put on your comfy pants


After buying new clothes that I later realize make me look old or fat or ugly or just plain stupid, I’m proud to say my selection of attire I can wear around the house has markedly increased.

Around the house, I look quite stylish in a manic array of too frilly, too silly, too crinoline-y, a regular hodge-podge fashionista.  The problem is when I go out, I have nothing to wear. But the possibilities when I cook, clean or watch a movie are endless, even if I’d rather not answer the front door or walk into the backyard for fear of disrupting the delicate ecology of birds and plants, fresh air and sunlight.

Some outfits -- like the tie-die dress from Bali from 30 years ago -- can create a harmful electromagnetic disturbance.

When I was a kid, my mother had lots of house clothes; in fact it was considered an acceptable wardrobe category that consumed the greatest space in her closet, the repository of stuff you couldn’t get away with anywhere else. This included those things that were too stained or baggy or torn to wear in front of people who cared, certainly not us, even if these frugal concoctions made her Queen of Goodwill.

I am proud to say I absorbed her tutelage well, and apparently other members of the family did too.

 “Don’t you want to put on your comfy pants?” my niece asked recently, when we were on our way out to dinner. “Wouldn’t you rather just hang out at home?”

I decided then and there, this family has to sever the house dress gene at its root, so we can operate in the world of tight misery like every decent woman worth her lululemons.

Even if a good part of the day is spent dreaming of sweatpants stuffed alongside the one-size-never-fits-anyone fleece body snuggie that looks like a bunny rabbit.

My niece reminds me she had a stuffed rabbit as a kid.

So, faced with succeeding generations of house frumps, my husband decided to take the bunny by the floppy ears. Maybe he’d finally had enough after I wore pajamas to the gym. Or maybe he’d like to know the relative shape of the person he swore to love, honor and try to ignore with her baseball cap and flannel boudoir wear.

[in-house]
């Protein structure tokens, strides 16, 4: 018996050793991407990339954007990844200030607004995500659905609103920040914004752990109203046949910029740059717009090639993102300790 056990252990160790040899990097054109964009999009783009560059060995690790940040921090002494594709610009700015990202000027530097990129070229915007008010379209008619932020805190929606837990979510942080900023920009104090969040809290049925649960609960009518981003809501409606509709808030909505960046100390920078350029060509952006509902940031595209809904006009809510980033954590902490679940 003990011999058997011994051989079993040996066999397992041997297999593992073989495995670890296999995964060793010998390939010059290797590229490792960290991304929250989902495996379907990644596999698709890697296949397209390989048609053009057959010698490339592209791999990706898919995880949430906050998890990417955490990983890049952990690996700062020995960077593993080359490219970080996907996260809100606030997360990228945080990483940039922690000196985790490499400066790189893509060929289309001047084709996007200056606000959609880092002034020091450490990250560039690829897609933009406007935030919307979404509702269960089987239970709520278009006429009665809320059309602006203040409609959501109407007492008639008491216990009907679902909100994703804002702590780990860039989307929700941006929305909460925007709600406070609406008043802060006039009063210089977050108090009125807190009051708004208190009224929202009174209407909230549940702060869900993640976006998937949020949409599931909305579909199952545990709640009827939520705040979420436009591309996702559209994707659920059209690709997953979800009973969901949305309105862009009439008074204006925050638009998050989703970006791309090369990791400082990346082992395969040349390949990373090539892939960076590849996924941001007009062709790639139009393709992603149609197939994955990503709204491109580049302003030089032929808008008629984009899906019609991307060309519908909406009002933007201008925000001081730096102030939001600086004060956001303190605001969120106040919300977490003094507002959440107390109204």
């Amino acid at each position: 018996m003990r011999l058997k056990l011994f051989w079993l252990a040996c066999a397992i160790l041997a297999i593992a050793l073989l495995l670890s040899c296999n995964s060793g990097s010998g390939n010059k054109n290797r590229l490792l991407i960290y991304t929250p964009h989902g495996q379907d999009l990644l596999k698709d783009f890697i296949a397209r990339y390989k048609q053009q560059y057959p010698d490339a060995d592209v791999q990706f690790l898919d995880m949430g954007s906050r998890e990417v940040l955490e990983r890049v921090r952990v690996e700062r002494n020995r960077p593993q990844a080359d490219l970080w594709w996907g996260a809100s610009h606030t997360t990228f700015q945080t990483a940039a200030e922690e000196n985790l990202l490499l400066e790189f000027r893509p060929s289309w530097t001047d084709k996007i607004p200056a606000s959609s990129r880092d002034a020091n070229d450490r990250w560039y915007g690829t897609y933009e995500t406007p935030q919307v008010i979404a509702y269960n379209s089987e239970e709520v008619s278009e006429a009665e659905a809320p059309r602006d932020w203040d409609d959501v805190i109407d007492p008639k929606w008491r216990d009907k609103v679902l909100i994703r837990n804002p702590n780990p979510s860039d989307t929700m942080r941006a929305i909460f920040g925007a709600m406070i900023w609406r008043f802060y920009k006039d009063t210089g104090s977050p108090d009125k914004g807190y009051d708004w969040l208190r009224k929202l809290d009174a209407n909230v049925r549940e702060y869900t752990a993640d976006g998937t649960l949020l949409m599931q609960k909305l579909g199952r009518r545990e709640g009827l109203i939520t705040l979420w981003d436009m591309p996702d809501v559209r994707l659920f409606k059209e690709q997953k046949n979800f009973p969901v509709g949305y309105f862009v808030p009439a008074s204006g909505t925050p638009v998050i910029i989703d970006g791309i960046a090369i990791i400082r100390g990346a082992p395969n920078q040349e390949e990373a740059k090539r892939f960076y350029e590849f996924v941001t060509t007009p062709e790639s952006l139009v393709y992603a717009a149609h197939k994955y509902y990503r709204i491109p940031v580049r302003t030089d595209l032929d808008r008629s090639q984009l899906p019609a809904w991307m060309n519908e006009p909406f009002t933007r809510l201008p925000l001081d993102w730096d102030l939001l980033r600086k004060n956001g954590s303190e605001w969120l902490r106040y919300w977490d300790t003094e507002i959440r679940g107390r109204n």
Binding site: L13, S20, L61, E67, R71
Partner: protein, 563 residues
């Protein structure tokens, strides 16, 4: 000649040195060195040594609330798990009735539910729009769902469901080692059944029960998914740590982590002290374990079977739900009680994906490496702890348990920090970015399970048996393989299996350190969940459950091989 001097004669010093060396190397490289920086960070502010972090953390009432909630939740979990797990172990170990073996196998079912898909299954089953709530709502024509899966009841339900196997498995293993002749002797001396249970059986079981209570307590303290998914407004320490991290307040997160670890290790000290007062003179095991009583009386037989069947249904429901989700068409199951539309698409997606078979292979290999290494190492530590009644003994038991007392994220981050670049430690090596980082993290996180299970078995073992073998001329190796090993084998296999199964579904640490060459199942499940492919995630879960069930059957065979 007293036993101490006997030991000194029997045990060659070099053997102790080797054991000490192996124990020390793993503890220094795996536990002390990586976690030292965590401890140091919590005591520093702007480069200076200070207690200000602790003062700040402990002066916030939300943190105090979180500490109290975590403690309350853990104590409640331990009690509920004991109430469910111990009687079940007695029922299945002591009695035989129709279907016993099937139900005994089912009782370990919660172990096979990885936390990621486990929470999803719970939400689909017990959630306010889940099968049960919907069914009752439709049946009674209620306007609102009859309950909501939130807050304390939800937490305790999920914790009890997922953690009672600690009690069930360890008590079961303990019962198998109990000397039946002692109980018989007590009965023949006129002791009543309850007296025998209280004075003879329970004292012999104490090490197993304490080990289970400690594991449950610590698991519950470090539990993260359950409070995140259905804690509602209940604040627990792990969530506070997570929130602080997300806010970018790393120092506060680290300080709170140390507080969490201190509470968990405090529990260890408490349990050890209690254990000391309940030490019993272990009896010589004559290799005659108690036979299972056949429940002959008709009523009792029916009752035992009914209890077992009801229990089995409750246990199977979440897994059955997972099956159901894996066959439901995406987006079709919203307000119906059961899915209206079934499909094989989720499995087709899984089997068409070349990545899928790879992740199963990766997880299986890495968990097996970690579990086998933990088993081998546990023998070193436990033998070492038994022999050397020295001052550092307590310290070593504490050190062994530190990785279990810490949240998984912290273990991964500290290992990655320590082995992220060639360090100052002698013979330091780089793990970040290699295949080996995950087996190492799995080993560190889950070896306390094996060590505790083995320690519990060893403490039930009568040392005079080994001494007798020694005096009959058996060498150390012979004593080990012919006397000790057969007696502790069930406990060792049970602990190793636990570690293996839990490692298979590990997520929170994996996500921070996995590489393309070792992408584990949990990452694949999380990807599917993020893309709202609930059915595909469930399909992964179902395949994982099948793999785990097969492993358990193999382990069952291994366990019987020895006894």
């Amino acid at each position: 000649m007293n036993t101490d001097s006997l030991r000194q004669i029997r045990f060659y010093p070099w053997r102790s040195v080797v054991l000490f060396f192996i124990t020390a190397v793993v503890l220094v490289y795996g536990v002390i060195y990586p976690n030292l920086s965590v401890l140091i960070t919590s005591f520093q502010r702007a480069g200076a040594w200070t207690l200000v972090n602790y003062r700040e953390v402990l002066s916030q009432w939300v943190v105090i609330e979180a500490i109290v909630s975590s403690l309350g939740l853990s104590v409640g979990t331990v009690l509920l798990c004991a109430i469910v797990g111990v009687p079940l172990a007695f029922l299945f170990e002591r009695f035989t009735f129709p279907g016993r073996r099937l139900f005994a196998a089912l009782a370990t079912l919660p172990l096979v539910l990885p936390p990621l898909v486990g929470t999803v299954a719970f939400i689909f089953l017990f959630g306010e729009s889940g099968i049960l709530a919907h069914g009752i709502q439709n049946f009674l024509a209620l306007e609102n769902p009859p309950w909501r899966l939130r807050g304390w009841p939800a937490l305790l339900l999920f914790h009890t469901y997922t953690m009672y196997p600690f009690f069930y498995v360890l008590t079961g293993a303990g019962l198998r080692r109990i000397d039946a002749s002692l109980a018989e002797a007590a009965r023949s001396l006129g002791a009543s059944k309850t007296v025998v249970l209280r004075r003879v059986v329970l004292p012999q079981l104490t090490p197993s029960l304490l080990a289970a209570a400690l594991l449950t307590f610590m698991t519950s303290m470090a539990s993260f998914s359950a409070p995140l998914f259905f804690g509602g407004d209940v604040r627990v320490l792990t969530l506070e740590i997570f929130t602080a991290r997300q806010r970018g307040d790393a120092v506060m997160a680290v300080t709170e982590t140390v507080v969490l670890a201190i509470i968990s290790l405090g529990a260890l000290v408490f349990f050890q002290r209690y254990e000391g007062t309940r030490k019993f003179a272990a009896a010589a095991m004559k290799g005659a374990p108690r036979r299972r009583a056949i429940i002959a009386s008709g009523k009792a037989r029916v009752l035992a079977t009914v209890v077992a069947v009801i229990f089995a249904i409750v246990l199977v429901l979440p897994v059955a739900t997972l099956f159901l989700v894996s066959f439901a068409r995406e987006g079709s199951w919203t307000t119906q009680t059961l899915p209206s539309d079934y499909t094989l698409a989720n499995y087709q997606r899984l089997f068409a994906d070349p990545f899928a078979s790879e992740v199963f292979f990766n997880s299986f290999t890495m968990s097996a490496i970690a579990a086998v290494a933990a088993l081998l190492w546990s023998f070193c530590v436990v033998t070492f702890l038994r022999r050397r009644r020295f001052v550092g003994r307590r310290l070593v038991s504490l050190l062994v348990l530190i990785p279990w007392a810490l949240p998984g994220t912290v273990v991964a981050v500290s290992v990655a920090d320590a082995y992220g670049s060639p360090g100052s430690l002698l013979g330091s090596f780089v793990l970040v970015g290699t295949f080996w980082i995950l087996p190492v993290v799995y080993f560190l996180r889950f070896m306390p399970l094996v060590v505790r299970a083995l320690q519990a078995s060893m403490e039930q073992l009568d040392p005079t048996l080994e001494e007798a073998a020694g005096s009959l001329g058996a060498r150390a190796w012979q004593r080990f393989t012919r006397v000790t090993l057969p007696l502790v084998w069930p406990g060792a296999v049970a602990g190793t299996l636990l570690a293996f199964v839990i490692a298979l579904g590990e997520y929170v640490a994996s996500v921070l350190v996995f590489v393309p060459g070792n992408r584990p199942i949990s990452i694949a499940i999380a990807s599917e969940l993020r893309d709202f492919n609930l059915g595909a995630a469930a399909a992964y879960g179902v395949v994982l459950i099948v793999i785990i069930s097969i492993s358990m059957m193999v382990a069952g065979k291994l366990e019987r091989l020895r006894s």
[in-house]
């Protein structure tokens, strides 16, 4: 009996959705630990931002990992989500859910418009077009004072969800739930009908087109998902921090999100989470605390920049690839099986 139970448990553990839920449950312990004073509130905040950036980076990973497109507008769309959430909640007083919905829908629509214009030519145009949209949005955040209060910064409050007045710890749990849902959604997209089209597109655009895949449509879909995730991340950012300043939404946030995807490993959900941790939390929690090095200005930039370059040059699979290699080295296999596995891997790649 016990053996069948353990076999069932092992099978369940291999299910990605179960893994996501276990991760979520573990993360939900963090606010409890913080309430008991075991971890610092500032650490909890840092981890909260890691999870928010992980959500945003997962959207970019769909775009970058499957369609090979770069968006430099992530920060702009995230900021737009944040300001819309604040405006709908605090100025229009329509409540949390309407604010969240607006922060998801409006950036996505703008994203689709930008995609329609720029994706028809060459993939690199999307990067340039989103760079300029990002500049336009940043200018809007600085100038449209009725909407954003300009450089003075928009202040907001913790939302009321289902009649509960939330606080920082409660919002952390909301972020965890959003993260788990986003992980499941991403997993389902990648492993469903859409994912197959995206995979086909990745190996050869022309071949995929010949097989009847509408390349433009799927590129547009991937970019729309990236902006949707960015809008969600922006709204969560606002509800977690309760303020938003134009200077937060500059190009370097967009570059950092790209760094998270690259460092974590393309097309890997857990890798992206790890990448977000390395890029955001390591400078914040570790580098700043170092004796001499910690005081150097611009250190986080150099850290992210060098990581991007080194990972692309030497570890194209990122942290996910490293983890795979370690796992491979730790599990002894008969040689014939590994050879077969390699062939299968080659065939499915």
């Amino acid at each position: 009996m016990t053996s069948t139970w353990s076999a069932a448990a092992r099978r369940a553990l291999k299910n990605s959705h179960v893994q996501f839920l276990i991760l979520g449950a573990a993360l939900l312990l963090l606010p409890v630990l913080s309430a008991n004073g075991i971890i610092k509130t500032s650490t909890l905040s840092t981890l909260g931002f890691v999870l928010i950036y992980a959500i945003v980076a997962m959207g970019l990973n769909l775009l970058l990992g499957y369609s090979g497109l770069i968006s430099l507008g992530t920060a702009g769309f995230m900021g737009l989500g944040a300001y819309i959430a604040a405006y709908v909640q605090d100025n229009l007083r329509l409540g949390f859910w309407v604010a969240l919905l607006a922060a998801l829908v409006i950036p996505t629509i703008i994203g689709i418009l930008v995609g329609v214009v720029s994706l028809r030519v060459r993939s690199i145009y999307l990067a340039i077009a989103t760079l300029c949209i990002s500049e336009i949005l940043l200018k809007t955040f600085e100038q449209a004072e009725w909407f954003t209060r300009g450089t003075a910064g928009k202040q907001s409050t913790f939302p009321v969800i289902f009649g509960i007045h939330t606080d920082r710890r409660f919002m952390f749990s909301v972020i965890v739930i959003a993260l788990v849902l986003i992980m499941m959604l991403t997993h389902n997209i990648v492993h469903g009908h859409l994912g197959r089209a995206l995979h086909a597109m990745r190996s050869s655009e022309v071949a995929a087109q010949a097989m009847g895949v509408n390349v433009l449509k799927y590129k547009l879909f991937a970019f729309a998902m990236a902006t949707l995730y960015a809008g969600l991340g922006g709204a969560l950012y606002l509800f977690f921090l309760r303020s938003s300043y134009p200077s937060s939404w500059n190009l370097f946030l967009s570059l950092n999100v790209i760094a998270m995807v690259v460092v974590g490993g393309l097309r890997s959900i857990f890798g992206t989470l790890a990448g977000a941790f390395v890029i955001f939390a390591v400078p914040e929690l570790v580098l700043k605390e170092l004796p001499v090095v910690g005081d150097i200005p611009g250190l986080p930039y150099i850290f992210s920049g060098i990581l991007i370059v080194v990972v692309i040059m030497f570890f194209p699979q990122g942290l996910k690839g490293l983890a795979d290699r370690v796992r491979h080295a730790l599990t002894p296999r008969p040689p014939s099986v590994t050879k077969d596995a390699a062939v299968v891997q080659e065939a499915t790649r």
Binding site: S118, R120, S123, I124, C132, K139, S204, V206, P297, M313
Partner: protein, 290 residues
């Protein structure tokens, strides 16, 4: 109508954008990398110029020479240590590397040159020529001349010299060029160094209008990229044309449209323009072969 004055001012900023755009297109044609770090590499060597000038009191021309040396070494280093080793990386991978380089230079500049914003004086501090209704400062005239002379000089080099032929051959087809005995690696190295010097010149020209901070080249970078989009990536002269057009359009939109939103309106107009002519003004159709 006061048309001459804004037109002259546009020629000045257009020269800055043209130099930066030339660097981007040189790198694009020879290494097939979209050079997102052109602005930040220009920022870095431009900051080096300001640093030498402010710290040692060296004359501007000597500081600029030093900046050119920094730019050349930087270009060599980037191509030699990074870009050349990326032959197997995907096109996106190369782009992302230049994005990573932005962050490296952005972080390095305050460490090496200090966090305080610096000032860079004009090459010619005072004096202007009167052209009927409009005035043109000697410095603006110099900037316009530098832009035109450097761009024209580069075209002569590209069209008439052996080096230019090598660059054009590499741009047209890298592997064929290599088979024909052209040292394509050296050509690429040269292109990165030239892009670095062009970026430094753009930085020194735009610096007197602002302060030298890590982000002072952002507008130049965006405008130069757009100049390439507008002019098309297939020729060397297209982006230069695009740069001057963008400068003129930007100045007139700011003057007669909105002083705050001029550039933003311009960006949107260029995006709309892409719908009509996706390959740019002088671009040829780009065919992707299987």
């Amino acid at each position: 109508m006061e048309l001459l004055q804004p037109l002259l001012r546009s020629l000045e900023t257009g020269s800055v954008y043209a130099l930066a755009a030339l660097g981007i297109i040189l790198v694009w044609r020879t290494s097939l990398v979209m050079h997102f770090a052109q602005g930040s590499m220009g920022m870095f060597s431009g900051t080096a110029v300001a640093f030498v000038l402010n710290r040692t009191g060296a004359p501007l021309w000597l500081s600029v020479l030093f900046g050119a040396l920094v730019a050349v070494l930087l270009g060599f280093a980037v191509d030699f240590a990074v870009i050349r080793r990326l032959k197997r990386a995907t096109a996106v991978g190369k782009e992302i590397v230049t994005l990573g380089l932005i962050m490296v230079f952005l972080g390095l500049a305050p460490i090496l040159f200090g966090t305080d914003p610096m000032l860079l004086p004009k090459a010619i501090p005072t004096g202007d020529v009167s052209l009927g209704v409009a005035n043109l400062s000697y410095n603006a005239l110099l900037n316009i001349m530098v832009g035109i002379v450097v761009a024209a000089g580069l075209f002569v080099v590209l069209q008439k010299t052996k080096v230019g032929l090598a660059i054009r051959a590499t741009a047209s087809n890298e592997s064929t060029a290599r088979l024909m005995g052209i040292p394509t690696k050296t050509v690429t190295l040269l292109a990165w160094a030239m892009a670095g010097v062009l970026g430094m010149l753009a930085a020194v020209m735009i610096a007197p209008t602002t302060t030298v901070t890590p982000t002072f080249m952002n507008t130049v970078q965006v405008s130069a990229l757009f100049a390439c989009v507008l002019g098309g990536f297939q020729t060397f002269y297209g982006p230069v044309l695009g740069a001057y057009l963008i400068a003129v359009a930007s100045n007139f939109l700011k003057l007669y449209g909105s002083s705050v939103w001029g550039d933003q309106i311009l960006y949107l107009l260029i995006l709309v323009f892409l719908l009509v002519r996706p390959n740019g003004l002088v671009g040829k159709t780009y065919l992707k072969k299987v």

He bought me a real fashionista consultation for my birthday; now I was in trouble.

“Do I actually need this?” I ask in my straggly bathrobe at dinner, the certificate in my hand. I was insulted yet intrigued. Recognized for who I was, challenged to be who I wasn’t.


I respond by immediately cleaning my closet for fear a gorgeous, haute couture trendsetter will knock on the door and accuse me of being a comfy pants person.

And I went online to check her out, ready to accuse her of having nothing in common with me, especially when I see her latest posting on strappy sandals which I can’t wear without breaking an ankle. This line throws me, “When it comes to details, your heels can be a work of art. These are not your mother’s pumps.”

Already she was insulting my Mom.

The gift certificate specifically promises a so-called “closet edit” in which you learn what to throw out, consign or donate. I see nothing about repurposing as a house dress.

Then, when only underwear is left, the perky mix ‘n match expert shows you how to create new looks! The exclamation point is right there on the certificate.

It’s also after this line: You will never feel you have nothing to wear after a closet edit! I assume all this rowdy exclaiming means things you can wear outdoors -- I guess the underwear.

Holy not-your-mother fashionista!

With Mother’s Day upcoming, I certainly won’t do anything to disturb her memory yet, so before taking this voguish leap, I’m hiding some frumpy frugal-wear for a future emergency. Just in case.

For the family of course. It would make my mother proud.

May 5, 2019

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